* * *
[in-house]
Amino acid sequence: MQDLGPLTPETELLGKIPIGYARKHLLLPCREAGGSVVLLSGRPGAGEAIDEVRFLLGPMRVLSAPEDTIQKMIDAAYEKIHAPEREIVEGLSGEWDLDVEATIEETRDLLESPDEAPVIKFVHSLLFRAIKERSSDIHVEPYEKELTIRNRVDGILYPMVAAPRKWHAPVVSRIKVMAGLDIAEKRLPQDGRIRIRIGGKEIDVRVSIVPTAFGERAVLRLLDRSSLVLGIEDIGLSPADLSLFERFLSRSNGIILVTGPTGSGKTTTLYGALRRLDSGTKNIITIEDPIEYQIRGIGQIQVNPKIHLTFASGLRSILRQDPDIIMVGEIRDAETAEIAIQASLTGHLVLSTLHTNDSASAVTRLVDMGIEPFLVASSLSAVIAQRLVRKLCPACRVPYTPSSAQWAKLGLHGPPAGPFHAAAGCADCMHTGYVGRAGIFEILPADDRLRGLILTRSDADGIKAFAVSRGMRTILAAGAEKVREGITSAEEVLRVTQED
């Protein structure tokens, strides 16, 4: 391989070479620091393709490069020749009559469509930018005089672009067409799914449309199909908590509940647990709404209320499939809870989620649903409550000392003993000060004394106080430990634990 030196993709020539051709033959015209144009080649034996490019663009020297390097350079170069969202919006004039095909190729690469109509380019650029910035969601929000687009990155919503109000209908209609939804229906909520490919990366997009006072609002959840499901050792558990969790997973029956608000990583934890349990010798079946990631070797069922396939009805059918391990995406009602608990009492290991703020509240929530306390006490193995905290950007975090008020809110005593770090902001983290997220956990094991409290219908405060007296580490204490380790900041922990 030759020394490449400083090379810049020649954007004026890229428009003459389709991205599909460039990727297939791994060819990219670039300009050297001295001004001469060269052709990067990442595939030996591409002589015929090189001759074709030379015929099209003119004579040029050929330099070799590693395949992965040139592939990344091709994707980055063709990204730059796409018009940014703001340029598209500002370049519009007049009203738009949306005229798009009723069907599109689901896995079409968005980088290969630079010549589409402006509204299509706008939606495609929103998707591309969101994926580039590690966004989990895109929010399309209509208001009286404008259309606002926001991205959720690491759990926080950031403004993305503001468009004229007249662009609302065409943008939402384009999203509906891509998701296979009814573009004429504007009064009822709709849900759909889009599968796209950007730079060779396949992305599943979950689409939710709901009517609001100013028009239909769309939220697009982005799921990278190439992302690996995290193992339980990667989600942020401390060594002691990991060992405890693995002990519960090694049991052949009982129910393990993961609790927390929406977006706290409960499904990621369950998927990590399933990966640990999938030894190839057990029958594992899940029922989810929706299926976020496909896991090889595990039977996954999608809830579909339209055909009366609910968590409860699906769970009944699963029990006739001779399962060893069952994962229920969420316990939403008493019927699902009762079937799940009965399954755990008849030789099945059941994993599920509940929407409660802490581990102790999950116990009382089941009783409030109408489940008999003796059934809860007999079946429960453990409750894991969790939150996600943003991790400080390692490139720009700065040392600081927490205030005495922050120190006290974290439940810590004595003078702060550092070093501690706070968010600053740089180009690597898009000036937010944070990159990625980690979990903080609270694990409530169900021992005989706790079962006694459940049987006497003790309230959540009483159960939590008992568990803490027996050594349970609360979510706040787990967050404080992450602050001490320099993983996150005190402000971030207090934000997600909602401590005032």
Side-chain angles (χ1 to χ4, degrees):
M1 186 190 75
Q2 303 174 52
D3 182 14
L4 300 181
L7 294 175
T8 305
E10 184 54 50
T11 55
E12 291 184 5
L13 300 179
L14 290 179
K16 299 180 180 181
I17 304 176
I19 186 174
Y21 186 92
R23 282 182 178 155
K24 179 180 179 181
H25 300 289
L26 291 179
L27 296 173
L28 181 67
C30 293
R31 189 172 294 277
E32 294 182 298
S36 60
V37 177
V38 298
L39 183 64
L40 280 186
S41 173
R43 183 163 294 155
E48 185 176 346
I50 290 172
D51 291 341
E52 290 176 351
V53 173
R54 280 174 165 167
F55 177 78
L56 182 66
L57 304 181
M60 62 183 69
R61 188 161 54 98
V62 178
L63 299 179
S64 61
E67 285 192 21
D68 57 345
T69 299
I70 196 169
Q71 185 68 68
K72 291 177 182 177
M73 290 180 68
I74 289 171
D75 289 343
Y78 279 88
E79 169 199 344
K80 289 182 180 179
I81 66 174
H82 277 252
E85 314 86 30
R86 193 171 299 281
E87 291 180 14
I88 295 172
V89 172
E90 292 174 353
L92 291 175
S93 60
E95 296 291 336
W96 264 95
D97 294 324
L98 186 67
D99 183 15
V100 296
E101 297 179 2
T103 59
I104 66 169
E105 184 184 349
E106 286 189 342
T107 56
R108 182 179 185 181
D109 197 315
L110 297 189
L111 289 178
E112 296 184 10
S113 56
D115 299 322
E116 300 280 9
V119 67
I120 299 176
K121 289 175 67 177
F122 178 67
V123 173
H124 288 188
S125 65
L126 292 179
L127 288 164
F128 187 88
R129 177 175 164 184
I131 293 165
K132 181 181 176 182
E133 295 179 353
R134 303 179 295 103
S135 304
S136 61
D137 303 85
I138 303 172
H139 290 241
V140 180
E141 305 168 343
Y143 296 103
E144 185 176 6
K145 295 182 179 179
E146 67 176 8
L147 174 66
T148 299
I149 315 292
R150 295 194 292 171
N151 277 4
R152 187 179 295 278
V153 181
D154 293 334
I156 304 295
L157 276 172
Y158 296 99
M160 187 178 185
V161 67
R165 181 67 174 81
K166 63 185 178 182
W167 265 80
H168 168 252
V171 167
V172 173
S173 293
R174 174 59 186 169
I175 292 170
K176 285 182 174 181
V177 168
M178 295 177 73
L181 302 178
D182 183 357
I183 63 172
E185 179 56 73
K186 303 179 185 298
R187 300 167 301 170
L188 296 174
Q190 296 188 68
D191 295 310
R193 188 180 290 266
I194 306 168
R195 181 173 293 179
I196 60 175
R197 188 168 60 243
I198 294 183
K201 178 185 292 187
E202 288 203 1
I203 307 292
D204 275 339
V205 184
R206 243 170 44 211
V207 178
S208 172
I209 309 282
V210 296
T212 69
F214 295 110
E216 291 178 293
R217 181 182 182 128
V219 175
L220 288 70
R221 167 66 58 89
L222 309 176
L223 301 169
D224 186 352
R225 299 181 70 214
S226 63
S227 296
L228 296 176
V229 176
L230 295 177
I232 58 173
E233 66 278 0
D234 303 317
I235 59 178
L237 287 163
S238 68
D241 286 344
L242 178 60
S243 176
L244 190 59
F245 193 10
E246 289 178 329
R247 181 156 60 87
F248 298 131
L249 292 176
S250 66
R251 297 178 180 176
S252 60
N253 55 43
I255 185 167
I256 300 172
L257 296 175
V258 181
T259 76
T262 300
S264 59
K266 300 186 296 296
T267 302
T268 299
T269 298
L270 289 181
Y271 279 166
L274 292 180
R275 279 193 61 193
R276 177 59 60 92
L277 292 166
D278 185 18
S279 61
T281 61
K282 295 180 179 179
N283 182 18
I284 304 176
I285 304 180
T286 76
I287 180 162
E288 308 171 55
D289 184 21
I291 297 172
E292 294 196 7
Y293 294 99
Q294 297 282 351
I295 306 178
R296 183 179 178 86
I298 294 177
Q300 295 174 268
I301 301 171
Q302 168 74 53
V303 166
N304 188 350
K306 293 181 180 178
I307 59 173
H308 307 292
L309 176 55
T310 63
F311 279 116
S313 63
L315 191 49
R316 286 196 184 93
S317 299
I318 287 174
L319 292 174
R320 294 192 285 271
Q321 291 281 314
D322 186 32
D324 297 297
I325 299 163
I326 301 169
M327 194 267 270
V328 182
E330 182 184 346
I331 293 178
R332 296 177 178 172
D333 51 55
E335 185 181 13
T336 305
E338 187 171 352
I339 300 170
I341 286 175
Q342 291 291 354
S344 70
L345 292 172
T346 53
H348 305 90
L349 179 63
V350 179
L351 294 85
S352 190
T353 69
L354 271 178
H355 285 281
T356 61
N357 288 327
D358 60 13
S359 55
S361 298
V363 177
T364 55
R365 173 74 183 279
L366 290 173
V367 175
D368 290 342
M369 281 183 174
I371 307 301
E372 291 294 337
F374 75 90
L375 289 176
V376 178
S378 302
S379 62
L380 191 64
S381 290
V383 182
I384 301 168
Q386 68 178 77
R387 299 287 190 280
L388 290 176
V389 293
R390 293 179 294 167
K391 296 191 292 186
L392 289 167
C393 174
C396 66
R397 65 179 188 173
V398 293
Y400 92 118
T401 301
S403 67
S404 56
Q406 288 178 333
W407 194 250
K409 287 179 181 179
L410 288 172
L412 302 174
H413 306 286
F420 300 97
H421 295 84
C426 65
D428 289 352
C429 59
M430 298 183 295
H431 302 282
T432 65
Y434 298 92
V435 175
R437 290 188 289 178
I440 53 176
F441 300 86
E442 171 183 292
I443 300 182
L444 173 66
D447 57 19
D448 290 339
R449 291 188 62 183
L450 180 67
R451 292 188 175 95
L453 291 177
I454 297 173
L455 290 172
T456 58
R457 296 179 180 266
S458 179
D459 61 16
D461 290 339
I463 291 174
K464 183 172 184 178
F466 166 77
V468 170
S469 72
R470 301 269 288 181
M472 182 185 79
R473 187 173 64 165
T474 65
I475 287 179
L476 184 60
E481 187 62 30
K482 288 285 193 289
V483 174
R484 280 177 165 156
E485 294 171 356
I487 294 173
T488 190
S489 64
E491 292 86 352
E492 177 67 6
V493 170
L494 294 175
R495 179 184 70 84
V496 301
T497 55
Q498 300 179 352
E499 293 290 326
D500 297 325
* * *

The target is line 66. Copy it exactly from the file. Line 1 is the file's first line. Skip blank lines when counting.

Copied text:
E87 291 180 14